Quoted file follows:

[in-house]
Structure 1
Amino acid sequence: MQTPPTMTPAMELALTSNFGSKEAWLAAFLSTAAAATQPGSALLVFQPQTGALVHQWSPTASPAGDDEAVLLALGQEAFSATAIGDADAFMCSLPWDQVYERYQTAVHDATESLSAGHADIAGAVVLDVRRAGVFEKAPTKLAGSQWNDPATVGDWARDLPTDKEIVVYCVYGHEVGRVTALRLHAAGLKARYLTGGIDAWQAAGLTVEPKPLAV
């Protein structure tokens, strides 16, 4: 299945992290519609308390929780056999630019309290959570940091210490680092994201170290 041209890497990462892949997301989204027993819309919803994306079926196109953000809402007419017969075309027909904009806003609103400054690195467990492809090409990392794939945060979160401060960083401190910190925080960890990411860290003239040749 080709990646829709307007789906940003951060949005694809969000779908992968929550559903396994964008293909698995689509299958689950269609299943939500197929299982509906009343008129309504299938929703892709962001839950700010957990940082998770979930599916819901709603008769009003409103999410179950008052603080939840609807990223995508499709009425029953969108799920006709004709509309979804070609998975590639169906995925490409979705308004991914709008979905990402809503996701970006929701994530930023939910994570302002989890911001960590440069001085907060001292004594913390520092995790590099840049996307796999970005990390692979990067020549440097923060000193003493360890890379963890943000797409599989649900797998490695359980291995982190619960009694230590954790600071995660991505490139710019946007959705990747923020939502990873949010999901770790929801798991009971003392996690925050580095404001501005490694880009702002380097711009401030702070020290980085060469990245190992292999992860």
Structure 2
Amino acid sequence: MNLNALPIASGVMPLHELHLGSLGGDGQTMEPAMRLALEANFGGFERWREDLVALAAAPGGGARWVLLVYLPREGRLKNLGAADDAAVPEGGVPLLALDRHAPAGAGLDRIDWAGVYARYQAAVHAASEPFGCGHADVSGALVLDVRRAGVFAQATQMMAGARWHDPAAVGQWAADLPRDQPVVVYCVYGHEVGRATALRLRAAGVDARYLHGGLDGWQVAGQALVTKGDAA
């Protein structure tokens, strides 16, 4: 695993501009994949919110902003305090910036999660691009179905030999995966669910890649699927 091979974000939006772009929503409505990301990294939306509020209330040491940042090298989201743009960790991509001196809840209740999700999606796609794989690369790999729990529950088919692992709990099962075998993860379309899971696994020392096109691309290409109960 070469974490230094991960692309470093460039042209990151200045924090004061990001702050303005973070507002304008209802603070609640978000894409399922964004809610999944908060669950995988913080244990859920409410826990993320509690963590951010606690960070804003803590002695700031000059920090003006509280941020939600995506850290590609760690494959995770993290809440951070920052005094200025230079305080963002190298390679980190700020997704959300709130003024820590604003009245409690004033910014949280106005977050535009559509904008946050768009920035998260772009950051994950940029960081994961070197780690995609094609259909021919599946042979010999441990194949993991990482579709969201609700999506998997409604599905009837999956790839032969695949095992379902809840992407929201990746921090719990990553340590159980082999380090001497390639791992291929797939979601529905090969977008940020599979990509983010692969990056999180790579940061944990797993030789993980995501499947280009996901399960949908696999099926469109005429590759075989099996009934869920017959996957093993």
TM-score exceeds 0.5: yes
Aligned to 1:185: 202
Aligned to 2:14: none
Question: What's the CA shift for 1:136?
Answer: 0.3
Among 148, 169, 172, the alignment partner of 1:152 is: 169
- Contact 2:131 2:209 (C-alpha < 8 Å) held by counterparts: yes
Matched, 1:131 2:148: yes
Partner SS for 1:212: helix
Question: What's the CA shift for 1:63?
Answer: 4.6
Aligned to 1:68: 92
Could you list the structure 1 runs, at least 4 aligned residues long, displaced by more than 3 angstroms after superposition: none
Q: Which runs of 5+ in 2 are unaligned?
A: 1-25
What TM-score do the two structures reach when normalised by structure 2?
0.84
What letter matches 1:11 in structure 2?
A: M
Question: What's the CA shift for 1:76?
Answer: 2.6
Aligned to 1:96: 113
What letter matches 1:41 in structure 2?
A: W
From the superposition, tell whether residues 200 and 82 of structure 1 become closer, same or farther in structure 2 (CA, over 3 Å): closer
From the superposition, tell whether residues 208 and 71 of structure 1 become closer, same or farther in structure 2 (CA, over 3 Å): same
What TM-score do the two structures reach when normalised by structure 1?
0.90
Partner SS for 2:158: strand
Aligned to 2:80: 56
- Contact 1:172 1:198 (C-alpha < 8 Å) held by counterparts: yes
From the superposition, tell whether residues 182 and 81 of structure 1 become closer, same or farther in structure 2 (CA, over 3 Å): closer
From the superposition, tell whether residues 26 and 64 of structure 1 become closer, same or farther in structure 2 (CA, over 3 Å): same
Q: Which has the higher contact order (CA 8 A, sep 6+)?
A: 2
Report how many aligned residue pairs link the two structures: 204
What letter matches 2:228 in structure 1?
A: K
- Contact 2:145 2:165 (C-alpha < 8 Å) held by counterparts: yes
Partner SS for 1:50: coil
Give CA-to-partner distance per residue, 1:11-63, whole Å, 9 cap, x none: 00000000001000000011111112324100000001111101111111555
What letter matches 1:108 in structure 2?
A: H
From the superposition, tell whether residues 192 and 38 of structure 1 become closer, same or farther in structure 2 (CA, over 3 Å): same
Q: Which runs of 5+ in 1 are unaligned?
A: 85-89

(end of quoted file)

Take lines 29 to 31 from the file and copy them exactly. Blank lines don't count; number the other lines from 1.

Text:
Aligned to 1:96: 113
What letter matches 1:41 in structure 2?
A: W